The commission is now back-peddling. On March 12,
somewhat late in the day, it released a statement from Bill Lake, chief of the
FCC Media Bureau. I’m including it in its entirety because it reminded me a
little of Marlon Brando petting a cat. Emphasis mine:
“The Media Bureau released today a Public
to give guidance to the industry about how the Bureau will process
pending and future proposed broadcast television transactions. In the interest
of transparency, we hope that all interested entities will find it helpful for
us to identify publicly a concern that has arisen in our review of proposed
transactions in recent months and years
and that will enter into our future transaction reviews. That concern relates
to the combination in a transaction of operational agreements of various types
along with contingent financial interests or financing relationships.
“Where such a combination exists, we see a need to apply careful scrutiny
to ensure that the transaction does not give one station an undue degree of
operational and financial influence over the second station. We will need
to ensure that the economic effects of, and incentives created by, the
transaction are consistent with the public interest and our commission
policies. This is not a change in
our underlying rules or the policies on which they are based
. But we owe it
to the interested public to share our concern that such a combination of
operational and financial relationships raises issues of consistency with our
rules and policies, which will have to be considered carefully in our public
interest review. Parties interested in simplifying the review of their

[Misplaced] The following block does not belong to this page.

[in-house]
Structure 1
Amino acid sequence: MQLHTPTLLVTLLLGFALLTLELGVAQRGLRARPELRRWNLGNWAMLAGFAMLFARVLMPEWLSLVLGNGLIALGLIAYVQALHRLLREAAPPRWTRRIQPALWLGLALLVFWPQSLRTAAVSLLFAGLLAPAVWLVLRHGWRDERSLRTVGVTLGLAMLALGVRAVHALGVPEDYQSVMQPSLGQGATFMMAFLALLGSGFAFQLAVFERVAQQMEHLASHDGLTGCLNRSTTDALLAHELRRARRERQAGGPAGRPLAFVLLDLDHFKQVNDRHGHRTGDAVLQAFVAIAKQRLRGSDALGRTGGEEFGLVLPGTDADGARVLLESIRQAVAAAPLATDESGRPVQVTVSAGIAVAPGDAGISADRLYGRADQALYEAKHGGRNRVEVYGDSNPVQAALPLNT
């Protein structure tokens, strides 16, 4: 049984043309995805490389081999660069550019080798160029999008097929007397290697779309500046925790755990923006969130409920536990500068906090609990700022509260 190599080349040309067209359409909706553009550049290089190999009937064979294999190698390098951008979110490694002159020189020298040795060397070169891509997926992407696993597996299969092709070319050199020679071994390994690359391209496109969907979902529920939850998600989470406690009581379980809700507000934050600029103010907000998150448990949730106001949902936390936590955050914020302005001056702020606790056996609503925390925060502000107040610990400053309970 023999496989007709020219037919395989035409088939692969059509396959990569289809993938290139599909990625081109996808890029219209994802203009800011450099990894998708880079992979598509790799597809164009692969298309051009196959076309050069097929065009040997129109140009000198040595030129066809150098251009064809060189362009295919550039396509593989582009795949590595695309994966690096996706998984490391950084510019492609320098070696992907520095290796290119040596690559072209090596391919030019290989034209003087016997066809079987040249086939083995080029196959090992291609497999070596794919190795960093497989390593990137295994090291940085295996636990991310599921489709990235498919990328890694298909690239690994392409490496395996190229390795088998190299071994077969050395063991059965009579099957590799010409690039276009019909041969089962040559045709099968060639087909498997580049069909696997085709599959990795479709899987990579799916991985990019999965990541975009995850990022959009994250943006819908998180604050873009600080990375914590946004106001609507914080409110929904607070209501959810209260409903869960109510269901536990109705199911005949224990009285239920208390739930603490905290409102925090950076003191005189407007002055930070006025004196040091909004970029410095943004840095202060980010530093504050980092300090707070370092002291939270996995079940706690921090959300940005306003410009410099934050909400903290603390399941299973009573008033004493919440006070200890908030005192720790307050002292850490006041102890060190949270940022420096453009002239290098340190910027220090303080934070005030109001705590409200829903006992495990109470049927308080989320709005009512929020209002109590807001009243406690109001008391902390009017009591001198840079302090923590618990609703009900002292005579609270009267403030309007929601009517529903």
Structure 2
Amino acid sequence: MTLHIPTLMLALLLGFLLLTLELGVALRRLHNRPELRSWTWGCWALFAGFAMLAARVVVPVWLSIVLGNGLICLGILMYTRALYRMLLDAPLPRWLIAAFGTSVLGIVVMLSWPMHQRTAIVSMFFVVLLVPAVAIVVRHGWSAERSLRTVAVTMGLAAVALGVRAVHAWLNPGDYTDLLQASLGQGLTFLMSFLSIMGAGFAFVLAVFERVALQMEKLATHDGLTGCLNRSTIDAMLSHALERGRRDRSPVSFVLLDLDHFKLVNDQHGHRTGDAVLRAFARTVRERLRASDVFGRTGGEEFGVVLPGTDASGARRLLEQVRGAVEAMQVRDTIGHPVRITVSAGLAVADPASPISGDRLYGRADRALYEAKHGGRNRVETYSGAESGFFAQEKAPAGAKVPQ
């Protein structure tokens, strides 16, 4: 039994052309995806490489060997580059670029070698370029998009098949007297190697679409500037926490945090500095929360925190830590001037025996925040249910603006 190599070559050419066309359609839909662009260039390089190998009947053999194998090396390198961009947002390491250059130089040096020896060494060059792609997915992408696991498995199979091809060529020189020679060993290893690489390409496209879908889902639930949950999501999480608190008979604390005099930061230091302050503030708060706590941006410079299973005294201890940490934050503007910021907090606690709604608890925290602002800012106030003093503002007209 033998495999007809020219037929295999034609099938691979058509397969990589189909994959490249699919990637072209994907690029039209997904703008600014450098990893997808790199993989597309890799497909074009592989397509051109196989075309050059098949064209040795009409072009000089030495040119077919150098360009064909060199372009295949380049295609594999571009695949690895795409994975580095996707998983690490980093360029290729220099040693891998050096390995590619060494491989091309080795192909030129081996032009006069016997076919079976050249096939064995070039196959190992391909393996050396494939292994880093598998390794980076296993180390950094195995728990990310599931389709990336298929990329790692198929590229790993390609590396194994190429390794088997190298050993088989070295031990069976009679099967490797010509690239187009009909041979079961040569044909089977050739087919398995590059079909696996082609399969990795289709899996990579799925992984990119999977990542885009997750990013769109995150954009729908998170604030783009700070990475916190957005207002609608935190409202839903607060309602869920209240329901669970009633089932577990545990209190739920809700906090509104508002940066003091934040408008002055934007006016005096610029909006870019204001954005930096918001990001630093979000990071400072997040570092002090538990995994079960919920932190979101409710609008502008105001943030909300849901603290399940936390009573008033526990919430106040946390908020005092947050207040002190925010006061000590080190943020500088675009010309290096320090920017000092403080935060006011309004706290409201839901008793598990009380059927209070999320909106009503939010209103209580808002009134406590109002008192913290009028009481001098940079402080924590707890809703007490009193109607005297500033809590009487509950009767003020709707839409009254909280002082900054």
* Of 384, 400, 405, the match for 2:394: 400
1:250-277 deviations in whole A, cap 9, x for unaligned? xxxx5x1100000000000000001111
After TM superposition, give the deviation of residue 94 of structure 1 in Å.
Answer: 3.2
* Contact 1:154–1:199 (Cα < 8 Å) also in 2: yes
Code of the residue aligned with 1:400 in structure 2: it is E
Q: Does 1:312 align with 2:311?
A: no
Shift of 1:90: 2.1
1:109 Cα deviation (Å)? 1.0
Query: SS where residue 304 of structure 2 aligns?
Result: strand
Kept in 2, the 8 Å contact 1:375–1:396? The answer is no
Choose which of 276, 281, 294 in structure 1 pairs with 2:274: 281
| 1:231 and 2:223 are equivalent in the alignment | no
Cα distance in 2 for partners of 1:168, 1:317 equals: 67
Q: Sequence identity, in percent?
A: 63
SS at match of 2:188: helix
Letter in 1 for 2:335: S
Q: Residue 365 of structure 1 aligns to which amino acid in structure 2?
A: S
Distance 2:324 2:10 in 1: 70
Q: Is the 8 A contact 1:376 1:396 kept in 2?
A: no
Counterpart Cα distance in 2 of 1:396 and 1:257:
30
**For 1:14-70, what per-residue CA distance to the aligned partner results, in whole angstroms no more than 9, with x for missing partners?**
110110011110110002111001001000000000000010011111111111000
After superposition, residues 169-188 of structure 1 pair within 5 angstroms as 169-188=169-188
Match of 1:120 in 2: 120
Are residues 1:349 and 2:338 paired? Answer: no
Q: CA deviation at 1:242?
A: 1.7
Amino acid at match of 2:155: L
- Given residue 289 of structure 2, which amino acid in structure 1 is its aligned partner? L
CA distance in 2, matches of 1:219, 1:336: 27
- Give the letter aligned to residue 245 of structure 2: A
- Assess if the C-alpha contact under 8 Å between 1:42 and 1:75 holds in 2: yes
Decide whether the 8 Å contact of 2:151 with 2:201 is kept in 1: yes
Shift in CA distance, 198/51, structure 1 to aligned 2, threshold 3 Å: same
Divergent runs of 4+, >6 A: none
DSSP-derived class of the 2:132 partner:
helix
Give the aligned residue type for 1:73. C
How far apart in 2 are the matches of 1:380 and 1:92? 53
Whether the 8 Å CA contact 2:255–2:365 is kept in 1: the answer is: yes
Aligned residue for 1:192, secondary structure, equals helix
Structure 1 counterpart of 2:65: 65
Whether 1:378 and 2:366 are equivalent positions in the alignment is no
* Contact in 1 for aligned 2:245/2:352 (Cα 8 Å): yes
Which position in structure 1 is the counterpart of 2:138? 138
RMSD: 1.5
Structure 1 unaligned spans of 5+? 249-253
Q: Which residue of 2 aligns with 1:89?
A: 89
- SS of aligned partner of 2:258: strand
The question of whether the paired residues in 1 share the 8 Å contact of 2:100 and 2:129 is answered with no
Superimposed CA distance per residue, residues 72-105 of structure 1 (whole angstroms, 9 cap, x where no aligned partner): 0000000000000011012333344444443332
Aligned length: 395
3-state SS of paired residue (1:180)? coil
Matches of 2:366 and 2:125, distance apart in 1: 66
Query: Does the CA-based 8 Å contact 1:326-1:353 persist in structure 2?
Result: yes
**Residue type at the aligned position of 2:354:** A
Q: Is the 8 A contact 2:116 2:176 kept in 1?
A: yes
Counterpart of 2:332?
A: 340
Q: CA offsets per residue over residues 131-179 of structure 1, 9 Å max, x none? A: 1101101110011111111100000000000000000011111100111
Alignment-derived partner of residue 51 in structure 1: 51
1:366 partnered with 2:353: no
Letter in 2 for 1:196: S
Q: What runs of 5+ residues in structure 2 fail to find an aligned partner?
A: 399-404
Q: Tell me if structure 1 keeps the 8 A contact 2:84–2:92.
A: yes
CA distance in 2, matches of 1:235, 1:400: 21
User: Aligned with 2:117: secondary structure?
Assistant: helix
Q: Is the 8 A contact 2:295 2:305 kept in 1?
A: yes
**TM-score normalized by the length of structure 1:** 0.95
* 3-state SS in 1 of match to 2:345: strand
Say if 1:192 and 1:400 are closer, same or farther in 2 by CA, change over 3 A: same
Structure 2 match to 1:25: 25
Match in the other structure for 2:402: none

transactions should be benefited by knowing of this concern as they structure
their deals. Similarly, parties with pending applications proposing these types
of combinations will have the opportunity to amend those applications, if they
wish, to simplify the review process.”
Copy edited, the statement says, “look, even though we’ve approved of these
deals for years, and we’re not changing the rules, per se, we’re changing how
we apply them. But we’re not telling specifically how
we’re going to apply them.”
The Public Notice was a follow-on to a blog
by FCC Chairman Tom Wheeler suggesting one station generating 15
percent or more of another’s ad sales under a JSA should be attributable under revised
ownership rules. The issue is on the commission’s March 31 agenda. Word on the
street is that Wheeler has the votes. What this portends is a radical policy
reversal orchestrated within a three-week window, without scrutiny, comment or
any sort of evidence that unwinding JSAs is in “the public interest”—as the
good chairman frequently exhorts in his post—nor how competition from digital
and other platforms has promulgated JSAs.
A crackdown on JSAs is likely to force station divestitures in smaller markets
and highly unlikely to serve the public interest in any way. The presumed point
of “public interest” is more diversity and more local news. Stations under JSAs
typically were not peak performers to begin with. It’s unrealistic to expect
them to ramp up and report “more” local news on their own.
It’s more realistic to expect those stations to end up on the incentive auction
block next year, which seems to be the point of the crackdown in the first place.